Geocoding error distorts L.A. crime statistics

The LAPD's online crime map erroneously shows a location just a block from the department's new headquarters as the most crime-ridden spot in the city.

A geocoding error caused 4 percent of all crimes reported on an LAPD crime map to be represented at a single location. LAPD

The Los Angeles Police Department is battling a virtual crime wave in downtown L.A. caused by an Internet map coding error.

If the department's online crime map is to be believed, one might think that a downtown location just a block from the LAPD's new headquarters is the most crime-ridden place in the city. In the past six months, that location experienced 1,380 crimes--4 percent of all crimes mapped--or roughly eight a day.

The crimes were real, but the locations were off. A coding error within the system's geocoding--the process of converting addresses into map points--caused the crimes to be represented at a default location, according to a report Sunday in the Los Angeles Times. The mistake caused many crimes to be mapped miles away from their actual locations, causing false trends to be reported while masking real ones, according to the report.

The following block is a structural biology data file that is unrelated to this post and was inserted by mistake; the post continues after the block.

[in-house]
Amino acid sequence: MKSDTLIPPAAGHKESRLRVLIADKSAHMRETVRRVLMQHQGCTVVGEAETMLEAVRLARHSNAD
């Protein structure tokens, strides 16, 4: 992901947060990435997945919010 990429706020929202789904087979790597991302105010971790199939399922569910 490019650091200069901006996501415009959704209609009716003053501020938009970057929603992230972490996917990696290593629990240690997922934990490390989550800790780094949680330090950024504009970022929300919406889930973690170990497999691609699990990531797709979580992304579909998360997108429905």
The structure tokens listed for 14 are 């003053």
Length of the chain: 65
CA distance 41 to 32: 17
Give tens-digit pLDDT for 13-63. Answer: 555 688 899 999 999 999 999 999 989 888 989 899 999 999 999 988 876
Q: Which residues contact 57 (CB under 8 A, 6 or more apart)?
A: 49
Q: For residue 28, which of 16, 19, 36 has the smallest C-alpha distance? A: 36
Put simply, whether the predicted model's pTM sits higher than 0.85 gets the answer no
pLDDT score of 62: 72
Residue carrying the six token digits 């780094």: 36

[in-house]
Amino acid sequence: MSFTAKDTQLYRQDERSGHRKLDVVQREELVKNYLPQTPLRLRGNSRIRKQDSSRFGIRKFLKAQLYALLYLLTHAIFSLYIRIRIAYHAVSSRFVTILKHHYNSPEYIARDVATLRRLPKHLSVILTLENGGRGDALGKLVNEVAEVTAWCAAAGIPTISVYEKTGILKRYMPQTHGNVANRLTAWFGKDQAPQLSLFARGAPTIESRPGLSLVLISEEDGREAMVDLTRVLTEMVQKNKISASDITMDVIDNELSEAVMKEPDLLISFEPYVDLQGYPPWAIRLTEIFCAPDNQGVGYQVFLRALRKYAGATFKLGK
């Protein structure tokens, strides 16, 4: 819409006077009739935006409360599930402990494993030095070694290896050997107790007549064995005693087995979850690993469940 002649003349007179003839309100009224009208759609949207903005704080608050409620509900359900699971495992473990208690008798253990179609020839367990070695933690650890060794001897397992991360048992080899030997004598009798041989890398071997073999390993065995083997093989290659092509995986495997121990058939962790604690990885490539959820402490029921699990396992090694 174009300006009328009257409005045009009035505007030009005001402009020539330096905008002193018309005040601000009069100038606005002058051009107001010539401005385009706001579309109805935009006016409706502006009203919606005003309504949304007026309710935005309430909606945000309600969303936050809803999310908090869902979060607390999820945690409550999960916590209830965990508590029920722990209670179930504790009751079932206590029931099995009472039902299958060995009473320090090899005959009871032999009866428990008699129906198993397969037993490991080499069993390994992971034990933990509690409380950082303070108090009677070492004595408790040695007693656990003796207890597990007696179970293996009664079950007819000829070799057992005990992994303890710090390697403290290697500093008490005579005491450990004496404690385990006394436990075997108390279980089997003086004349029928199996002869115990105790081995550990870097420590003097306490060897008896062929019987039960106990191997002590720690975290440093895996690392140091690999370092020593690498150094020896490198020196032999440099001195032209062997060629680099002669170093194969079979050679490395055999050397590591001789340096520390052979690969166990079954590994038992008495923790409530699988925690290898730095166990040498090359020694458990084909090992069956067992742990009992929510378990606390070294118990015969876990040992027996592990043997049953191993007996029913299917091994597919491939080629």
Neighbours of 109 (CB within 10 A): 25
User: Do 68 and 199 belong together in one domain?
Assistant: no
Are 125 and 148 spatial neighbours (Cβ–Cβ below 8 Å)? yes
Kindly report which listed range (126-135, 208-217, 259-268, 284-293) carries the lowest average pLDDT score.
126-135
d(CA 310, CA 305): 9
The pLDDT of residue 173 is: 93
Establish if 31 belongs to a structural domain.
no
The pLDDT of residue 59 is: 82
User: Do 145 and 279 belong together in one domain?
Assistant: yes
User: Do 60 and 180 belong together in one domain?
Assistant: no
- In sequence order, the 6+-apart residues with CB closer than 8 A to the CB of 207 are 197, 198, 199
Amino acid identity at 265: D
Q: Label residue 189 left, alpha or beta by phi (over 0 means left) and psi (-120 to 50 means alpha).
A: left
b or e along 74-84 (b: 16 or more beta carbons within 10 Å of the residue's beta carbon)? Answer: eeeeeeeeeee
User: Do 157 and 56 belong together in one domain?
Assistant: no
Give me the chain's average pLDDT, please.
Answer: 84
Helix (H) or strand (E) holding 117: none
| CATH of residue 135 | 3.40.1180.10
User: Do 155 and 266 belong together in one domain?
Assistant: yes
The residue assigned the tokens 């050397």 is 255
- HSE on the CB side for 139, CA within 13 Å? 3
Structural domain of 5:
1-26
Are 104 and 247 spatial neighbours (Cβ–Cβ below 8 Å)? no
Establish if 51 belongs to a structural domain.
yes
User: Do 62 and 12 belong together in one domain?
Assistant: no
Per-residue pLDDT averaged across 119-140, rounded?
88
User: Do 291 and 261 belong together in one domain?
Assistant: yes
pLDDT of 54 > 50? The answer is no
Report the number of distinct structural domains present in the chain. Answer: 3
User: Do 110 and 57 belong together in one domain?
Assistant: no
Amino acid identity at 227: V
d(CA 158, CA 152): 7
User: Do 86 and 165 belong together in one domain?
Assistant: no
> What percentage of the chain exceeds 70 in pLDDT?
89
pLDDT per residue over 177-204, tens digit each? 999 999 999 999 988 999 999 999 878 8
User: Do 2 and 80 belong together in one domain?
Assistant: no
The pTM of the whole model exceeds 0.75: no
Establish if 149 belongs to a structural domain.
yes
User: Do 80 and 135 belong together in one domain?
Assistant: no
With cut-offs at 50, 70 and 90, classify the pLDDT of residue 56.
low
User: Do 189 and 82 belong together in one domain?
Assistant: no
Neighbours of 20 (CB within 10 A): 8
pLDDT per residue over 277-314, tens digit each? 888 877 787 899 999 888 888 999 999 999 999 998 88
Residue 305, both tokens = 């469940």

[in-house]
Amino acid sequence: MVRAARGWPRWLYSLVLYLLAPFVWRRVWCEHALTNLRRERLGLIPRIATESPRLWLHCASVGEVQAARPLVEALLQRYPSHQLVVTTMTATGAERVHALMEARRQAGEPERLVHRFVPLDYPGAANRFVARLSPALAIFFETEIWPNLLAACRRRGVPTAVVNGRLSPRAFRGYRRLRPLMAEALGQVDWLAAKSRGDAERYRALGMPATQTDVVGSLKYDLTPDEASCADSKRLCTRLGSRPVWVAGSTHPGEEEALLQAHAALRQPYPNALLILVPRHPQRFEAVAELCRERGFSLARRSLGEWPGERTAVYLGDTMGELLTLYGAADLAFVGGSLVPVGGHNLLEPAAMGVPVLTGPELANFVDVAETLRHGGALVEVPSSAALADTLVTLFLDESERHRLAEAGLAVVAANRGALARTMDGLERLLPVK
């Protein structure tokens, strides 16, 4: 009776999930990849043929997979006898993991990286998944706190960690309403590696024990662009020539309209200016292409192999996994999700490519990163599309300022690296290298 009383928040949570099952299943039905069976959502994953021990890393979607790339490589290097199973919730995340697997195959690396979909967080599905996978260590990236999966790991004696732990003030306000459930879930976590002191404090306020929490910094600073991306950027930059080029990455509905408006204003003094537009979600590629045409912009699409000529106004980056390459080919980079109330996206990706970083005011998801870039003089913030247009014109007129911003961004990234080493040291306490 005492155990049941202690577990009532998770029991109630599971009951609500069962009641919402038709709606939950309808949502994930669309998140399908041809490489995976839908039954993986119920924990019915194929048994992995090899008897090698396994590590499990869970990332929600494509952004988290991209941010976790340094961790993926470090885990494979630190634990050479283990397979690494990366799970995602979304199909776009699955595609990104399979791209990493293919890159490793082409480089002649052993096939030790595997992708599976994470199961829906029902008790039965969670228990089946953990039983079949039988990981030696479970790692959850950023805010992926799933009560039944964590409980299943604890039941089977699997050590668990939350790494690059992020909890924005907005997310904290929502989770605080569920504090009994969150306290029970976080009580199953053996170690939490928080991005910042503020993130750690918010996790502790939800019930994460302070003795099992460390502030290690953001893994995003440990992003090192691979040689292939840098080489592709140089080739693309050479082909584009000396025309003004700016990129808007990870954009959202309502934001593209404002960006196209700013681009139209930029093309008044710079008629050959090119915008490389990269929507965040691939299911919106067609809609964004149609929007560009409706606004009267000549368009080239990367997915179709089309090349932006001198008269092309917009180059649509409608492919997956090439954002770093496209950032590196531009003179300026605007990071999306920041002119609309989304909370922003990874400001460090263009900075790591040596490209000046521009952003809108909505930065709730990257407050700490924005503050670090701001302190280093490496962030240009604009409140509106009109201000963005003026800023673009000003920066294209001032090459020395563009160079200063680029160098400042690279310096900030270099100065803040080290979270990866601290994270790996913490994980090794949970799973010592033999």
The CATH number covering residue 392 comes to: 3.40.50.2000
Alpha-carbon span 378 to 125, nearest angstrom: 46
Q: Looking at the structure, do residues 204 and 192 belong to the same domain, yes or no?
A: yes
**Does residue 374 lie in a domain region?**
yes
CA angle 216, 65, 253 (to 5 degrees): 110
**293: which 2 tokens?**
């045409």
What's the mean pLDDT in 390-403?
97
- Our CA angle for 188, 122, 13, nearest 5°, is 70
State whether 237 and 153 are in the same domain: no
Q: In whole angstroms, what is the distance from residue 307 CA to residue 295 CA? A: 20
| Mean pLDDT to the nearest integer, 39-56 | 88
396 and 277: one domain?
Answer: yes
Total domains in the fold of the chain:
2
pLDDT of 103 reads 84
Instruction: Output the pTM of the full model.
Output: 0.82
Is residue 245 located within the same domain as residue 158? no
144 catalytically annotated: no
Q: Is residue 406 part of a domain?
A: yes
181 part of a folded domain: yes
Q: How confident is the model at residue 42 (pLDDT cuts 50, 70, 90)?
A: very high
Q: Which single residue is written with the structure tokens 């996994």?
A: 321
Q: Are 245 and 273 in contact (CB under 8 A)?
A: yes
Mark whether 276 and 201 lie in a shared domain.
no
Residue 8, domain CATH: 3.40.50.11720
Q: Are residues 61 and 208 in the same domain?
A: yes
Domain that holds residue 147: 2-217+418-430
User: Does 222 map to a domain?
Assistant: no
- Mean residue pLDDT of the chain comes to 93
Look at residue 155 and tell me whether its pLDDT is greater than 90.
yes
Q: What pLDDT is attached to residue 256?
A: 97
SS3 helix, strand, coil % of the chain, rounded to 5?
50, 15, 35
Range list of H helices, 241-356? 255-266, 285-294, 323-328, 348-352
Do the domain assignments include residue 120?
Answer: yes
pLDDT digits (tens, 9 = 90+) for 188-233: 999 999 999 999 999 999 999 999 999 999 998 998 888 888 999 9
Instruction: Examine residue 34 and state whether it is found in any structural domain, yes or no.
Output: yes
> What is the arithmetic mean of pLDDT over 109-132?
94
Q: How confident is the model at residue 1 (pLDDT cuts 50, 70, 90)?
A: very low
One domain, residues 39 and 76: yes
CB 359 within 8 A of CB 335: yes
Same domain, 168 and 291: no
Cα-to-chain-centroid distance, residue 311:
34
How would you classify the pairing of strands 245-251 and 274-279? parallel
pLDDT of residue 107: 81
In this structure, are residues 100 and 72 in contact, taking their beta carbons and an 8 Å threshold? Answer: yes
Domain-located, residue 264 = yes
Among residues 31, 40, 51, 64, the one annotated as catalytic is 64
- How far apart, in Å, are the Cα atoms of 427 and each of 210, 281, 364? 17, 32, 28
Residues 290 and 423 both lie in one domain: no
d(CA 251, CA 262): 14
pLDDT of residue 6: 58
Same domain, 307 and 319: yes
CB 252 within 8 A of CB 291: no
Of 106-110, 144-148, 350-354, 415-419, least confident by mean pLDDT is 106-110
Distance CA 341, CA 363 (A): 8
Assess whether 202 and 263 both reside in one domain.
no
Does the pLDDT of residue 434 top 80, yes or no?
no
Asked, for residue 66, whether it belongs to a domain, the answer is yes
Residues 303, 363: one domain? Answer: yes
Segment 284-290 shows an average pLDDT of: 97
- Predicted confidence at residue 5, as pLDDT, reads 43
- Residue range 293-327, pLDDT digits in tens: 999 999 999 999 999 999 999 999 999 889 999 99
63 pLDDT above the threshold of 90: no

The LAPD was apparently unaware of the problem until alerted to it by a Los Angeles Times reporter. Lightray Productions, the contractor that designed the site at a cost of $362,000, has promised to fix the problem, according to the report.

Besides the geocoding error, the system also faces challenges in how the streets are identified when typed into the system.

An LAPD spokeswoman told the L.A. Times that the department will work with Lightray to improve the system.

"It's not perfect," spokeswoman Mary Grady said. "We do the best we can with the software available."

The site gets 4 million to 7 million page views a month.

 

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